Another endangered pheasant, the cheer, is also found in the GHNPCA's grassy slopes. Other pheasant species, the monal and the koklas, are in abundance in the temperate zone, while the kaleej occurs in small numbers below 2,000 m.
Special permits from the Park Director at Shamsi or the range officers at Larji, Sairopa, Banjar or Sainj are required by tourists for entrance to the Great Himalayan National Park. No vehicle is allowed inside the park. Visitors has to go on foot accompanied by Guides which is compulsory and the entrance is allowed only between sunrise and sunset.
There is no entry fee for trekking in the eco-zones but for the GHNP, Indians have to pay Rs.50 per day and foreigners Rs.200.
One can enjoy adventure activities such as rappeling, river crossing and small treks, living in tents at mountain plateau etc. It is an ideal getaway for professional trekkers as it takes one from an altitude of 1,700 m to 5,800 m. Every year over 20,000 trekkers, mainly from European countries, Maharashtra, Gujarat, Delhi and Karnataka visit the park from especially during May to October. More than 50 travel agents mostly based in Sai Ropa in Banjar tehsil for conducting activities in mountaineering, backpacking, skiing, trekking and rafting for students, families and corporates.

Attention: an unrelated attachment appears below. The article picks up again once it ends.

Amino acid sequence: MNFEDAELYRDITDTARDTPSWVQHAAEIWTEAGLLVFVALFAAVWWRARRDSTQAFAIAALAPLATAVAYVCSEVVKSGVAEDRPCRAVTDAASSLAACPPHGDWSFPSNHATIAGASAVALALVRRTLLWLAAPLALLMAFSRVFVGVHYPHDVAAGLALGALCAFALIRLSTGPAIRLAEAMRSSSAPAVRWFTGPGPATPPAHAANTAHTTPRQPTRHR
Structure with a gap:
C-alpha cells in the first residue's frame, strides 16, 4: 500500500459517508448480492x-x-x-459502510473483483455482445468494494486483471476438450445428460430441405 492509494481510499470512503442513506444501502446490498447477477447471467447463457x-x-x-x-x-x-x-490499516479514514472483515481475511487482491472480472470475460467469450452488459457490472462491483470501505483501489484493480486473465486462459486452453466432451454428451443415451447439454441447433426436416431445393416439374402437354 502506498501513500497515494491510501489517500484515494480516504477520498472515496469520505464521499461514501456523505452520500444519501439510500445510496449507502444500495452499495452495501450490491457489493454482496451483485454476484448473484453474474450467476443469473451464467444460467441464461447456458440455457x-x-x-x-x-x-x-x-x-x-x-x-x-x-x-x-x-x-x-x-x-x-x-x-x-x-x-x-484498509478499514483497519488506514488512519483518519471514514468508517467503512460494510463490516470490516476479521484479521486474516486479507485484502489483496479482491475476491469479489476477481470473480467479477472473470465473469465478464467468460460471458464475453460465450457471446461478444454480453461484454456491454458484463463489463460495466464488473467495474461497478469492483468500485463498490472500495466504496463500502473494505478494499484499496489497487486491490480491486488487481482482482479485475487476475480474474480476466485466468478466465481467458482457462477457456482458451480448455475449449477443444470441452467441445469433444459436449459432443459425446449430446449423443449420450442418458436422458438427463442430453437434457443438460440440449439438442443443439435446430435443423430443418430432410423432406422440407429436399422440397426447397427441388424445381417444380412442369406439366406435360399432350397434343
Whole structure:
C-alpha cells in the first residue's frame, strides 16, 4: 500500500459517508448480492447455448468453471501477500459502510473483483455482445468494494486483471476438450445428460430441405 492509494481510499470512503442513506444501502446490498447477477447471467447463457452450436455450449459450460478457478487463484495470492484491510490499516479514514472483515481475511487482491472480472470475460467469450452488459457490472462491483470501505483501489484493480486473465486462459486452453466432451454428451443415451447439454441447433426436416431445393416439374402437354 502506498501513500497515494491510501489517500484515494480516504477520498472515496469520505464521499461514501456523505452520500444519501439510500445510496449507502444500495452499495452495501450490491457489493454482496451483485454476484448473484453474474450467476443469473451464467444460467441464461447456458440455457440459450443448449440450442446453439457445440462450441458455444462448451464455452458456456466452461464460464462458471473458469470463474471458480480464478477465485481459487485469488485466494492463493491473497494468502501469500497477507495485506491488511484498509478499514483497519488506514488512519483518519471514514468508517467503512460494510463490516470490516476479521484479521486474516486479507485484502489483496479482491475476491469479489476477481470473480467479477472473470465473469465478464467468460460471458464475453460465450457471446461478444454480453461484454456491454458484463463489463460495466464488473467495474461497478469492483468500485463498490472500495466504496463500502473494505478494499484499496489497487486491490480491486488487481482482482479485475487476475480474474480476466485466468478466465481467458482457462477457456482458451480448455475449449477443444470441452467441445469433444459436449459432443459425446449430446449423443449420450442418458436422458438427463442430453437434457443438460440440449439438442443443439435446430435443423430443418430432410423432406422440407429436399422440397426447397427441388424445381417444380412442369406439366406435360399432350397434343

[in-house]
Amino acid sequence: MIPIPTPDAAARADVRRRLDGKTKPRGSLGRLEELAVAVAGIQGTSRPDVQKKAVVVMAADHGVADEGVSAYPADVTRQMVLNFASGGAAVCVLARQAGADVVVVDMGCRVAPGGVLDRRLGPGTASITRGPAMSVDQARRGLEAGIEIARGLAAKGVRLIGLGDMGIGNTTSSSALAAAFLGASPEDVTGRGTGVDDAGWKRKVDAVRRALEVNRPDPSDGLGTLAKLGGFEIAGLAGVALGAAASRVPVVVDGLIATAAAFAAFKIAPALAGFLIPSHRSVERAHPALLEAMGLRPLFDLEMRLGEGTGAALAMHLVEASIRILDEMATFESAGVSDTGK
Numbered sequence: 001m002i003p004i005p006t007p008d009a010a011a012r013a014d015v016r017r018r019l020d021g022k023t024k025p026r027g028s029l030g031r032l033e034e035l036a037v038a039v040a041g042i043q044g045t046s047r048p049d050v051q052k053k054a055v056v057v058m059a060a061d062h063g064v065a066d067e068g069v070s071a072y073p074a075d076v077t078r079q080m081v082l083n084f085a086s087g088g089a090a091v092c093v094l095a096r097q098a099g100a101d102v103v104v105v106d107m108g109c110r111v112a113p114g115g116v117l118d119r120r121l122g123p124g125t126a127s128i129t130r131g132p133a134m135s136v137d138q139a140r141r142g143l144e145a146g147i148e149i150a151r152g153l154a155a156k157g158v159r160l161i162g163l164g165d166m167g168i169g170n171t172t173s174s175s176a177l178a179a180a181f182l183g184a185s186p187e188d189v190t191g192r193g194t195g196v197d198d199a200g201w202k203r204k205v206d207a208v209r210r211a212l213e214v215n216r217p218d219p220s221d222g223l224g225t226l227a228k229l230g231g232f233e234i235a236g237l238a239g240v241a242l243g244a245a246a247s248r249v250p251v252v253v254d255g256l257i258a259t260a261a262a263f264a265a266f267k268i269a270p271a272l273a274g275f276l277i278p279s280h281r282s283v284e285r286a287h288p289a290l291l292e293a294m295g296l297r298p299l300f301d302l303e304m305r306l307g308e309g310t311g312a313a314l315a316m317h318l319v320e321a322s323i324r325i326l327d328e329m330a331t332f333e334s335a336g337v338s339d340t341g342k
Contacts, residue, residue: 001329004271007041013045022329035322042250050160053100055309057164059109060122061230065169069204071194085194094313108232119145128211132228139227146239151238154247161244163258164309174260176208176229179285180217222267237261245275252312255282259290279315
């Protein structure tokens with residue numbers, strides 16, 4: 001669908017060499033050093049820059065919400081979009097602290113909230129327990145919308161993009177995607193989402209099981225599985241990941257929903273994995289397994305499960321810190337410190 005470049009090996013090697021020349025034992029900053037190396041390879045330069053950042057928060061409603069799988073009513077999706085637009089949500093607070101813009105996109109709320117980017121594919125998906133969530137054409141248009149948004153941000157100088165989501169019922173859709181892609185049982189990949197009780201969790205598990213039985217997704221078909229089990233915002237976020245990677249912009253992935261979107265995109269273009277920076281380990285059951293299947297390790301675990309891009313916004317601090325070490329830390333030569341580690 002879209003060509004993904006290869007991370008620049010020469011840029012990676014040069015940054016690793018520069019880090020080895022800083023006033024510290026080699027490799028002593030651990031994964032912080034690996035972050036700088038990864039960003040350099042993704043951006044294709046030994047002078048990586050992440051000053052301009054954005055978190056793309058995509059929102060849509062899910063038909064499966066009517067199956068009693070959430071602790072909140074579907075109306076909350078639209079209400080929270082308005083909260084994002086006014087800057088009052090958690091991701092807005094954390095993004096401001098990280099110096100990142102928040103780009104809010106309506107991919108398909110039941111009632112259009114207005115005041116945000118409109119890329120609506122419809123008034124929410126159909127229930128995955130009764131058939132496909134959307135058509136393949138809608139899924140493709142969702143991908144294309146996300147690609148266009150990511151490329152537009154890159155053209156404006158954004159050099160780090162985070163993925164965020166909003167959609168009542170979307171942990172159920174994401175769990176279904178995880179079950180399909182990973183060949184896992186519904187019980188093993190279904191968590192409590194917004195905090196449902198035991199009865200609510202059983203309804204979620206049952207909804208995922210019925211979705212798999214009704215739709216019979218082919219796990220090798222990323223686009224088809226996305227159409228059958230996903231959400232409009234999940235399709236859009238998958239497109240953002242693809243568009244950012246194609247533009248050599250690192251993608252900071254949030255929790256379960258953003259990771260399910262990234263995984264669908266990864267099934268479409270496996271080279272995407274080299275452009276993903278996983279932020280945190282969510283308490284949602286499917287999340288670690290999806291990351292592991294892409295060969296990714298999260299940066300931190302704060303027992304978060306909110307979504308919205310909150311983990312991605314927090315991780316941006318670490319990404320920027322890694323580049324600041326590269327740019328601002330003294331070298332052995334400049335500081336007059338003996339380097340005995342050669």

The boundaries of GHNP are connected to the Pin Valley National Park, the Rupi-Bhawa Wildlife Sanctuary and the Kanawar Wildlife Sanctuary. The valleys such as Tirthan, Sainj, Jiwa Nal and Parvati offer moderate to strenuous treks.
The Jiwa Nala-Parvati river valley 110-km trek is a seven-day hike, crossing the passes at Kandi Galu (3,627 m) and Phangchi Galu (4,636 m).
Likewise, the Pin Parvati pass (5,319 m) via Pulga is 90 km and requires eight days. Another popular trek is through the beautiful wilderness is to Rakte Sar, the origin of the Sainj river.